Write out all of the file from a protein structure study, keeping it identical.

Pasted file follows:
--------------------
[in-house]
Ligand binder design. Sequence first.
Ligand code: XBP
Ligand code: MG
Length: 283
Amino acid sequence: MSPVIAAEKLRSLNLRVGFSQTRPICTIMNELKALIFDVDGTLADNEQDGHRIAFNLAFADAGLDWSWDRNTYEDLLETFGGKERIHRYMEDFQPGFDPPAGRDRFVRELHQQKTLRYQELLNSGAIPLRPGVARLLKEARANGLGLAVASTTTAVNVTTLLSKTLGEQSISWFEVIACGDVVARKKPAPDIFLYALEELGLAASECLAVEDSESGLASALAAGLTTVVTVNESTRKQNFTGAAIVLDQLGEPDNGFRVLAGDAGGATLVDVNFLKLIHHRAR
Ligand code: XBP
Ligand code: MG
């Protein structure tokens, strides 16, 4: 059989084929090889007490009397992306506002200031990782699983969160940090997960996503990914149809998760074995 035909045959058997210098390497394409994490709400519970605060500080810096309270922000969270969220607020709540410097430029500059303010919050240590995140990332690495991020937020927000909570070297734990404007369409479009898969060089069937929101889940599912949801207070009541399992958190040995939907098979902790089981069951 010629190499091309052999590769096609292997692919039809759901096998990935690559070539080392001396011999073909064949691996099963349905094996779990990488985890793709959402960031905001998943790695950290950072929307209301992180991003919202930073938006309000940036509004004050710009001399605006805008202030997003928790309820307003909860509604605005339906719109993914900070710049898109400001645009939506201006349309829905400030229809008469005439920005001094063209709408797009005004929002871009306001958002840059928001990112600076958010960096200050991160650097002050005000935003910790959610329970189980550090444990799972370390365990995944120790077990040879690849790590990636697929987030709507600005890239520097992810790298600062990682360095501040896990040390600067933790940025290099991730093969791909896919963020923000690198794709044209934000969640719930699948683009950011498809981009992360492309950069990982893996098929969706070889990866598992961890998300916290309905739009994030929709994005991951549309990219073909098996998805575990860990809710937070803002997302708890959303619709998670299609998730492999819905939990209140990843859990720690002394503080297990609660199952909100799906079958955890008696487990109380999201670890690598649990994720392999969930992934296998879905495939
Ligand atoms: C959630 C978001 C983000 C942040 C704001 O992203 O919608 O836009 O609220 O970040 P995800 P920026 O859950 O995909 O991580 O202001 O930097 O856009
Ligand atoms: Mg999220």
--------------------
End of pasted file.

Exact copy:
[in-house]
Ligand binder design. Sequence first.
Ligand code: XBP
Ligand code: MG
Length: 283
Amino acid sequence: MSPVIAAEKLRSLNLRVGFSQTRPICTIMNELKALIFDVDGTLADNEQDGHRIAFNLAFADAGLDWSWDRNTYEDLLETFGGKERIHRYMEDFQPGFDPPAGRDRFVRELHQQKTLRYQELLNSGAIPLRPGVARLLKEARANGLGLAVASTTTAVNVTTLLSKTLGEQSISWFEVIACGDVVARKKPAPDIFLYALEELGLAASECLAVEDSESGLASALAAGLTTVVTVNESTRKQNFTGAAIVLDQLGEPDNGFRVLAGDAGGATLVDVNFLKLIHHRAR
Ligand code: XBP
Ligand code: MG
């Protein structure tokens, strides 16, 4: 059989084929090889007490009397992306506002200031990782699983969160940090997960996503990914149809998760074995 035909045959058997210098390497394409994490709400519970605060500080810096309270922000969270969220607020709540410097430029500059303010919050240590995140990332690495991020937020927000909570070297734990404007369409479009898969060089069937929101889940599912949801207070009541399992958190040995939907098979902790089981069951 010629190499091309052999590769096609292997692919039809759901096998990935690559070539080392001396011999073909064949691996099963349905094996779990990488985890793709959402960031905001998943790695950290950072929307209301992180991003919202930073938006309000940036509004004050710009001399605006805008202030997003928790309820307003909860509604605005339906719109993914900070710049898109400001645009939506201006349309829905400030229809008469005439920005001094063209709408797009005004929002871009306001958002840059928001990112600076958010960096200050991160650097002050005000935003910790959610329970189980550090444990799972370390365990995944120790077990040879690849790590990636697929987030709507600005890239520097992810790298600062990682360095501040896990040390600067933790940025290099991730093969791909896919963020923000690198794709044209934000969640719930699948683009950011498809981009992360492309950069990982893996098929969706070889990866598992961890998300916290309905739009994030929709994005991951549309990219073909098996998805575990860990809710937070803002997302708890959303619709998670299609998730492999819905939990209140990843859990720690002394503080297990609660199952909100799906079958955890008696487990109380999201670890690598649990994720392999969930992934296998879905495939
Ligand atoms: C959630 C978001 C983000 C942040 C704001 O992203 O919608 O836009 O609220 O970040 P995800 P920026 O859950 O995909 O991580 O202001 O930097 O856009
Ligand atoms: Mg999220």